Feeling Uneasy About Your Irregular Period? Here's What You Can Do
Even if you're not getting your period every month, it can still be on your mind quite often. Your menstrual cycle isn't always an easy thing to understand, and if you're not getting your period each month consistently, it can make you feel confused or worried. Some women might prefer the peace of mind that comes with having a period and the sense of routine it can bring. Plus, you can keep better keep track of your period for family-planning purposes if you're looking to get pregnant. Since there are many factors that contribute to an irregular cycle, you might have to talk to your doctor about multiple options that might be right for you.
Genetics, weight, and your health status all play roles in your menstrual cycle, but there are lifestyle and diet changes you can consider making that can contribute to a regular cycle. Here are some things you might not know about your irregular cycle and how you can work toward a regular period.
First, What Is an Irregular Period?
"A normal period lasts three to seven days and comes at a steady frequency every 21-35 days," explains Dr. Sara Gottfried, MD, author of Younger: A Breakthrough Program to Reset Your Genes, Reverse Aging, and Turn Back the Clock 10 Years. "An irregular period is anything not within those intervals. It can come less than every 21 days, more than every 35 days (a hallmark of polycystic ovary syndrome or PCOS), and/or last for longer than seven days. It also can come at unpredictable intervals and last for varying lengths of time."
Implement a Low-Carb, High-Fiber Diet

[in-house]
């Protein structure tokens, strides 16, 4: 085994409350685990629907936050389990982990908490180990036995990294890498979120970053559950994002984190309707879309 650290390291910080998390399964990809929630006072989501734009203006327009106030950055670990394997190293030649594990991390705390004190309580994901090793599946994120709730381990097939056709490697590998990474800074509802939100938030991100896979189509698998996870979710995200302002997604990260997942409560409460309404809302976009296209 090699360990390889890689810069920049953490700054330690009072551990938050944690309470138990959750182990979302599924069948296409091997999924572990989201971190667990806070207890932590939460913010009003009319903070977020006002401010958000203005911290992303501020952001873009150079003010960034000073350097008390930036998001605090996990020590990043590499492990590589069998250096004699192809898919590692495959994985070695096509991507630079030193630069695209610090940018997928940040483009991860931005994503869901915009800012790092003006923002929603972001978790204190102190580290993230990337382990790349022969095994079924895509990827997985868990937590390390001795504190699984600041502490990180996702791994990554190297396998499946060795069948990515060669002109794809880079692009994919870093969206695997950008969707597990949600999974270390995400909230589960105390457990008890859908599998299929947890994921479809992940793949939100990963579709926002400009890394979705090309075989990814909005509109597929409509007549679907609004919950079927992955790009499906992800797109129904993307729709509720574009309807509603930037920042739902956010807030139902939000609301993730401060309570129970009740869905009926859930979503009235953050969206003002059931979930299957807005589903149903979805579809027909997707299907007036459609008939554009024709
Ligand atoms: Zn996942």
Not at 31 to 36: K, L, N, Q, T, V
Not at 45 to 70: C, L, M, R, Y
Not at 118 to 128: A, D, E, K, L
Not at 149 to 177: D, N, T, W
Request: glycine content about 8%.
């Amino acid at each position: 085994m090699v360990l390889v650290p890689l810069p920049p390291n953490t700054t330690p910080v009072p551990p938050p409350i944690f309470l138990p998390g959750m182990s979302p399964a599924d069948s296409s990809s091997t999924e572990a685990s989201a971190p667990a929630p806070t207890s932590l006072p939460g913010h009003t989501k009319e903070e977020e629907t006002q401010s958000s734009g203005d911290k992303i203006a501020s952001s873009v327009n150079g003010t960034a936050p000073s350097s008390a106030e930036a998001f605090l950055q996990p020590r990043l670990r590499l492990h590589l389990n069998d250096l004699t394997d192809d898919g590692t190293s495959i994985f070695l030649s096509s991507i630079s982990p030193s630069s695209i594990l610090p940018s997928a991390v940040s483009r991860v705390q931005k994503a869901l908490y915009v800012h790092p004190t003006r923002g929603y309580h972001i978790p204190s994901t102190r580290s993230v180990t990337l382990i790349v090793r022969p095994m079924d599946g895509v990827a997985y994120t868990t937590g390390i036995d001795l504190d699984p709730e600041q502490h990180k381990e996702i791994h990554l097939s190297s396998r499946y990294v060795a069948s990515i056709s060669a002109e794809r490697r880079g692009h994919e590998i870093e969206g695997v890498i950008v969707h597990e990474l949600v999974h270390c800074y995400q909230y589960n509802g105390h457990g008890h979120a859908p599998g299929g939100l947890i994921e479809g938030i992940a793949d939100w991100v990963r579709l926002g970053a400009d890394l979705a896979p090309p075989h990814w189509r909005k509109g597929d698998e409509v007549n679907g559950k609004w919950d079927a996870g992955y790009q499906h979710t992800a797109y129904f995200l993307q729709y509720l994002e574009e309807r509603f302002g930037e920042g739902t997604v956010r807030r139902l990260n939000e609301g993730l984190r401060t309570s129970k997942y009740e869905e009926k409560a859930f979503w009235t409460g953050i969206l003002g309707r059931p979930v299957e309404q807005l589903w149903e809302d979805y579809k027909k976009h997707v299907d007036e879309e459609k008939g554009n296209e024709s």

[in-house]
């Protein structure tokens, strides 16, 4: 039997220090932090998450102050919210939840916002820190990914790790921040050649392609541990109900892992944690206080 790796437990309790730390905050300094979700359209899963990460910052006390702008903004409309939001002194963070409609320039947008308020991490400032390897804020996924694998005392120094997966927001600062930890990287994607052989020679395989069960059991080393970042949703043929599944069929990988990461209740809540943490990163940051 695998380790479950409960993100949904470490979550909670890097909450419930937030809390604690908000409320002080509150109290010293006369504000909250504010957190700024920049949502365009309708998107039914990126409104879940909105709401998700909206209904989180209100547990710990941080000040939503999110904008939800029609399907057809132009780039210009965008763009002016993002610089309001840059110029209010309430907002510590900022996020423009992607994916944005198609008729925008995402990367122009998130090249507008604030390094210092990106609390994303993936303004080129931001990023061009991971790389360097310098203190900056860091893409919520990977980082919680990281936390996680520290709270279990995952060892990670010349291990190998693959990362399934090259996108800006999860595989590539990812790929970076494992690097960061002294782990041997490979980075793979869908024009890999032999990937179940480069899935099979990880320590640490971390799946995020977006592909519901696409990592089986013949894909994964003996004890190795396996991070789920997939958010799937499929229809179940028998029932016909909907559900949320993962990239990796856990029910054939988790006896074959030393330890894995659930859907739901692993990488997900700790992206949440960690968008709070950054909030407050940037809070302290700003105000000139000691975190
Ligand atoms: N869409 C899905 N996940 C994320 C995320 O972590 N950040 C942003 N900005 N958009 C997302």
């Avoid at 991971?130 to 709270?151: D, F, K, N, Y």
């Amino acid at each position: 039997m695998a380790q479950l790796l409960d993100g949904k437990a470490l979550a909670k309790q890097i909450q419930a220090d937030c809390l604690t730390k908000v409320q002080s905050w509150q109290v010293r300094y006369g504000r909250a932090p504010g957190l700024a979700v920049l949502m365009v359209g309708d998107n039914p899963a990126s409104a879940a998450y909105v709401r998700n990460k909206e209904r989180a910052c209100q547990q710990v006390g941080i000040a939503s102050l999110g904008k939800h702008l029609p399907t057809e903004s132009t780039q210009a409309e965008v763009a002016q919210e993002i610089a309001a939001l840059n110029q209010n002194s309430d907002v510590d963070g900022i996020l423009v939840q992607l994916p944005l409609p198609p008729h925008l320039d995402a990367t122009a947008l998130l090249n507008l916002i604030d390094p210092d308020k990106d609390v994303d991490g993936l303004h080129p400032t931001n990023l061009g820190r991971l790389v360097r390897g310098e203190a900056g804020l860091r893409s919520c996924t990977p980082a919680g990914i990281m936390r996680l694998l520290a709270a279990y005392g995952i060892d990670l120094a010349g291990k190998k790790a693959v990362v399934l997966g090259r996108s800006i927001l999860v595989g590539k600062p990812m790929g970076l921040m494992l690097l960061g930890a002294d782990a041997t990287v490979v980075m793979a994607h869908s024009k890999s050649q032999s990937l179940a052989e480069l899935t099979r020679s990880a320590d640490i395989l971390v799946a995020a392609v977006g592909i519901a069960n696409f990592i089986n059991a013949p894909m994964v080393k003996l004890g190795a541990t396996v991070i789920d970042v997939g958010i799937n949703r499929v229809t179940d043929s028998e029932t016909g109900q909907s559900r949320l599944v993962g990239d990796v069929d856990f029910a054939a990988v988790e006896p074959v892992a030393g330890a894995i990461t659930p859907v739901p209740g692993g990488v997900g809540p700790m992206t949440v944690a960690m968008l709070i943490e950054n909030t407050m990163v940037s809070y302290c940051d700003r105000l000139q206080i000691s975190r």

"When a woman has a regular period, it means that her hormonal management system — called the hypothalamic pituitary adrenal thyroid gonadal axis (HPATG) — is working properly," explains Dr. Gottfried. Take a look at your diet and consider adding in some new sources of fiber-rich foods if you aren't already. "Scientists agree that for women with irregular periods, a low-carb, high-fiber diet is best," says Dr. Gottfried. "That's because unless you have sufficient fiber to remove it, most testosterone (the most common androgen) is secreted into the bile and then reabsorbed in the gut and used again. Fiber increases excretion of testosterone in the stool." Foods that contain fiber include fresh fruits and vegetables, certain whole grains, and beans.
Amp Up Your Protein Intake
In addition to fiber, you should also focus on eating more lean protein in your meals. "Getting enough lean protein is necessary to lower androgens," says Dr. Gottfried. "Eat organic chicken and turkey, low-mercury ﬁsh, and grass-fed beef. I recommend eating 0.75 to 1 gram of lean protein per pound of lean body mass."
Live an Active and Healthy Lifestyle
Irregular periods are often associated with PCOS since they can be a very telling symptom. If you have been diagnosed with PCOS, you can focus on implementing an overall healthy lifestyle to manage stress and your androgen levels. "When it comes to PCOS, high androgens are linked to insulin resistance, so some of the best strategies to regulate androgens are to lose weight, committing to steady exercise, and eating healthier," says Dr. Gottfried. "We know that weight loss reduces insulin resistance and excess androgens, so this can be a big help."
Consider Supplements and Vitamins
Dr. Gottfried also recommends combining healthy lifestyle changes with supplements that promote healthy hormone levels. "Start with healthy food, exercise, movement, sleep, and stress," says Dr. Gottfried. "Then when that foundation is in place, we can try supplements like vitamin C or chasteberry to raise progesterone, or inositol to lower androgens."
Try Birth Control
If you're not already on a method of birth control, talk to your gynecologist or doctor about the options that may help you experience a period each month. "The 'period' that someone has (when using monthly or extended-cycle OCPs (oral contraceptives) is really just withdrawal bleeding from the lack of hormonal support during the pill-free week and is usually much lighter than her normal period would be," Dr. Robert Berg said. Going with this option, however, could help you settle into a routine where you can experience the symptoms that come along with menstruation on a schedule you can keep track of since you will most likely bleed out during your placebo week.